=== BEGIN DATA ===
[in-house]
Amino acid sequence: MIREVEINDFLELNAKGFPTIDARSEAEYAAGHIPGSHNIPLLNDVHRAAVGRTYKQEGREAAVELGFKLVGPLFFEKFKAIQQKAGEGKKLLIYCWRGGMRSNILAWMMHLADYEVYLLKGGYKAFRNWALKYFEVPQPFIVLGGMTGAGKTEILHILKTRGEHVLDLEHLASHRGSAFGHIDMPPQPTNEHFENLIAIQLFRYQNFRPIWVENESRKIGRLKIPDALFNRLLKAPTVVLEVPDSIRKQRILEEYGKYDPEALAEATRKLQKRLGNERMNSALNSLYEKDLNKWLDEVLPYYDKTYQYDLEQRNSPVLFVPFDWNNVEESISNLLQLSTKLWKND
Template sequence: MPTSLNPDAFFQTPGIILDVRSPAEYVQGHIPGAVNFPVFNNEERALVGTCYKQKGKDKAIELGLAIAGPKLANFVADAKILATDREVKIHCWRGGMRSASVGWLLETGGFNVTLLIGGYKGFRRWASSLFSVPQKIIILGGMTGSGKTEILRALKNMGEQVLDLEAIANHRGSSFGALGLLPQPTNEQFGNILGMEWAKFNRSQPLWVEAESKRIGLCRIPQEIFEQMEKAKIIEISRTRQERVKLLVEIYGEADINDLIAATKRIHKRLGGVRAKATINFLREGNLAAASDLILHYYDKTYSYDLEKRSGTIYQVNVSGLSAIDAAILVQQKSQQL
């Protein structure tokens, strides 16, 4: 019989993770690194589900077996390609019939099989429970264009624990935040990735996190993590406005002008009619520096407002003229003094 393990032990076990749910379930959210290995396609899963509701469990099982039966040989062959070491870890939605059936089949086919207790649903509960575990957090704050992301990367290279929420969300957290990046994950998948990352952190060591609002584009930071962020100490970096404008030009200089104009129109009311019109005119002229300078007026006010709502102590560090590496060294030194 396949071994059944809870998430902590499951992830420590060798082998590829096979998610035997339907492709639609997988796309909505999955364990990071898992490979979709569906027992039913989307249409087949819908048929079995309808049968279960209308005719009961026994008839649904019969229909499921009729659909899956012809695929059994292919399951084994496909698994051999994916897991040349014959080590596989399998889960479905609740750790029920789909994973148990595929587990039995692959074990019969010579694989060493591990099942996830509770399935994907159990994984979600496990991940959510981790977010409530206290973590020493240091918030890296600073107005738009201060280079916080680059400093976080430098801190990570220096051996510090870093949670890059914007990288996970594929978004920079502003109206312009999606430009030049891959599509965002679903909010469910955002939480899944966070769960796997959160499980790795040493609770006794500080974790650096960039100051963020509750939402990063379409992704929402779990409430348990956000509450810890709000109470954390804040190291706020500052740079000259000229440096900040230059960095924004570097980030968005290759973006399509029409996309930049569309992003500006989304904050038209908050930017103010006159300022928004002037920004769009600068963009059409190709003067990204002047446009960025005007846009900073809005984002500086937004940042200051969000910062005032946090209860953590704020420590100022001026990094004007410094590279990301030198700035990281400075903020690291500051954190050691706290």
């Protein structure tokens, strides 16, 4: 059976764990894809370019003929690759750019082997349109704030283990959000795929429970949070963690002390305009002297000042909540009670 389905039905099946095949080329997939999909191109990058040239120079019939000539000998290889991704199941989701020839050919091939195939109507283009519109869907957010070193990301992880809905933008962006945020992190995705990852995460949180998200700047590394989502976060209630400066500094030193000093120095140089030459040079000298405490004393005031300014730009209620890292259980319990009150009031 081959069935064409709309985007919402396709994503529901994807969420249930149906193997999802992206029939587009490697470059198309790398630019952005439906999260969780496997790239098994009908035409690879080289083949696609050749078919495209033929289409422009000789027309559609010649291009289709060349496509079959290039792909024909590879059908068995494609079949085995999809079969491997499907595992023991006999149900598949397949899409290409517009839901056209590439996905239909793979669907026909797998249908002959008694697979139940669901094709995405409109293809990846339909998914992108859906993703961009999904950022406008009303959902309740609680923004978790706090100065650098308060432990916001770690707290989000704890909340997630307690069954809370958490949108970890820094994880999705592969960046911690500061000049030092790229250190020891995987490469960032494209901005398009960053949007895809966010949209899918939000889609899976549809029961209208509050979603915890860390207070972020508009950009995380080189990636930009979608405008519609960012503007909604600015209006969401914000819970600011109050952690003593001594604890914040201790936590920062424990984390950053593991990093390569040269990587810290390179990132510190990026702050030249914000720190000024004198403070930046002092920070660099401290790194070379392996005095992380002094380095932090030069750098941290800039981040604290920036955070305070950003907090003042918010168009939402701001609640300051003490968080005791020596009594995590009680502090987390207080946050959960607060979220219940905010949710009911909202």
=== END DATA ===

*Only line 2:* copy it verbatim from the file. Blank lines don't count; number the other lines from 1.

Amino acid sequence: MIREVEINDFLELNAKGFPTIDARSEAEYAAGHIPGSHNIPLLNDVHRAAVGRTYKQEGREAAVELGFKLVGPLFFEKFKAIQQKAGEGKKLLIYCWRGGMRSNILAWMMHLADYEVYLLKGGYKAFRNWALKYFEVPQPFIVLGGMTGAGKTEILHILKTRGEHVLDLEHLASHRGSAFGHIDMPPQPTNEHFENLIAIQLFRYQNFRPIWVENESRKIGRLKIPDALFNRLLKAPTVVLEVPDSIRKQRILEEYGKYDPEALAEATRKLQKRLGNERMNSALNSLYEKDLNKWLDEVLPYYDKTYQYDLEQRNSPVLFVPFDWNNVEESISNLLQLSTKLWKND